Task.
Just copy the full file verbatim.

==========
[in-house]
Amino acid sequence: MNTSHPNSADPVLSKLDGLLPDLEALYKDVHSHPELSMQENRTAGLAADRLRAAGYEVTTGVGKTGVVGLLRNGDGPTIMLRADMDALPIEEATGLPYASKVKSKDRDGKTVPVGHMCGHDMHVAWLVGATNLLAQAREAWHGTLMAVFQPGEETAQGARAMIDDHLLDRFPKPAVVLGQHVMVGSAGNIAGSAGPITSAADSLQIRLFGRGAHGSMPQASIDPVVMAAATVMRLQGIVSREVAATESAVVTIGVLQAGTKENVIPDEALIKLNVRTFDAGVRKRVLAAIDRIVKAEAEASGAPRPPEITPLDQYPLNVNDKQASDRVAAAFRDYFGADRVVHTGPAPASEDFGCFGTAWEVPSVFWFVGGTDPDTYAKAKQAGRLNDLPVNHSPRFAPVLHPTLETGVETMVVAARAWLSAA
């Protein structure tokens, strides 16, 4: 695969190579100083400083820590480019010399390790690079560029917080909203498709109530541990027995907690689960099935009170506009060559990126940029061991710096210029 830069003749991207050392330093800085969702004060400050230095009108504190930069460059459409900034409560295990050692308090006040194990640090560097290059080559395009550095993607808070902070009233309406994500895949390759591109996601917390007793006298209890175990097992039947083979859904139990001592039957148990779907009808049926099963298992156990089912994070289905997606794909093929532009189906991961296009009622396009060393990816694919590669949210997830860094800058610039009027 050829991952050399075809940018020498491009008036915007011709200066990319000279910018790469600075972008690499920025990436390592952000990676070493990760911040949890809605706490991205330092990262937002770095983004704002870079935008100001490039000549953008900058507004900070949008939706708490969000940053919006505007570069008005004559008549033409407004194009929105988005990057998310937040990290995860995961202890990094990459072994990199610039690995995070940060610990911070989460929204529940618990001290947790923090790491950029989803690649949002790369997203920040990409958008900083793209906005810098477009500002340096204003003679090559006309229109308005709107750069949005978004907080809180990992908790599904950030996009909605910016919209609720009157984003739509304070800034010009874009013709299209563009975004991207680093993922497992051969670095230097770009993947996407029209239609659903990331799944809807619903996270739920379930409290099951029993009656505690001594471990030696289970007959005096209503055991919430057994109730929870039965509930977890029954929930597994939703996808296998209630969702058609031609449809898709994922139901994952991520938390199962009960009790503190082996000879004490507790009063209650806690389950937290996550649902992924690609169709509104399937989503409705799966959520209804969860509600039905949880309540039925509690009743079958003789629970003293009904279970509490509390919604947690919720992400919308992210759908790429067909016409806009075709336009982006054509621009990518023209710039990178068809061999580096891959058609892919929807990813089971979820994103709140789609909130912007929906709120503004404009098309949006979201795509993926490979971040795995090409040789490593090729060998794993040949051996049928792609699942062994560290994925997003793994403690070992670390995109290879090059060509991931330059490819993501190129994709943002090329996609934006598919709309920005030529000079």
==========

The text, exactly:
[in-house]
Amino acid sequence: MNTSHPNSADPVLSKLDGLLPDLEALYKDVHSHPELSMQENRTAGLAADRLRAAGYEVTTGVGKTGVVGLLRNGDGPTIMLRADMDALPIEEATGLPYASKVKSKDRDGKTVPVGHMCGHDMHVAWLVGATNLLAQAREAWHGTLMAVFQPGEETAQGARAMIDDHLLDRFPKPAVVLGQHVMVGSAGNIAGSAGPITSAADSLQIRLFGRGAHGSMPQASIDPVVMAAATVMRLQGIVSREVAATESAVVTIGVLQAGTKENVIPDEALIKLNVRTFDAGVRKRVLAAIDRIVKAEAEASGAPRPPEITPLDQYPLNVNDKQASDRVAAAFRDYFGADRVVHTGPAPASEDFGCFGTAWEVPSVFWFVGGTDPDTYAKAKQAGRLNDLPVNHSPRFAPVLHPTLETGVETMVVAARAWLSAA
């Protein structure tokens, strides 16, 4: 695969190579100083400083820590480019010399390790690079560029917080909203498709109530541990027995907690689960099935009170506009060559990126940029061991710096210029 830069003749991207050392330093800085969702004060400050230095009108504190930069460059459409900034409560295990050692308090006040194990640090560097290059080559395009550095993607808070902070009233309406994500895949390759591109996601917390007793006298209890175990097992039947083979859904139990001592039957148990779907009808049926099963298992156990089912994070289905997606794909093929532009189906991961296009009622396009060393990816694919590669949210997830860094800058610039009027 050829991952050399075809940018020498491009008036915007011709200066990319000279910018790469600075972008690499920025990436390592952000990676070493990760911040949890809605706490991205330092990262937002770095983004704002870079935008100001490039000549953008900058507004900070949008939706708490969000940053919006505007570069008005004559008549033409407004194009929105988005990057998310937040990290995860995961202890990094990459072994990199610039690995995070940060610990911070989460929204529940618990001290947790923090790491950029989803690649949002790369997203920040990409958008900083793209906005810098477009500002340096204003003679090559006309229109308005709107750069949005978004907080809180990992908790599904950030996009909605910016919209609720009157984003739509304070800034010009874009013709299209563009975004991207680093993922497992051969670095230097770009993947996407029209239609659903990331799944809807619903996270739920379930409290099951029993009656505690001594471990030696289970007959005096209503055991919430057994109730929870039965509930977890029954929930597994939703996808296998209630969702058609031609449809898709994922139901994952991520938390199962009960009790503190082996000879004490507790009063209650806690389950937290996550649902992924690609169709509104399937989503409705799966959520209804969860509600039905949880309540039925509690009743079958003789629970003293009904279970509490509390919604947690919720992400919308992210759908790429067909016409806009075709336009982006054509621009990518023209710039990178068809061999580096891959058609892919929807990813089971979820994103709140789609909130912007929906709120503004404009098309949006979201795509993926490979971040795995090409040789490593090729060998794993040949051996049928792609699942062994560290994925997003793994403690070992670390995109290879090059060509991931330059490819993501190129994709943002090329996609934006598919709309920005030529000079």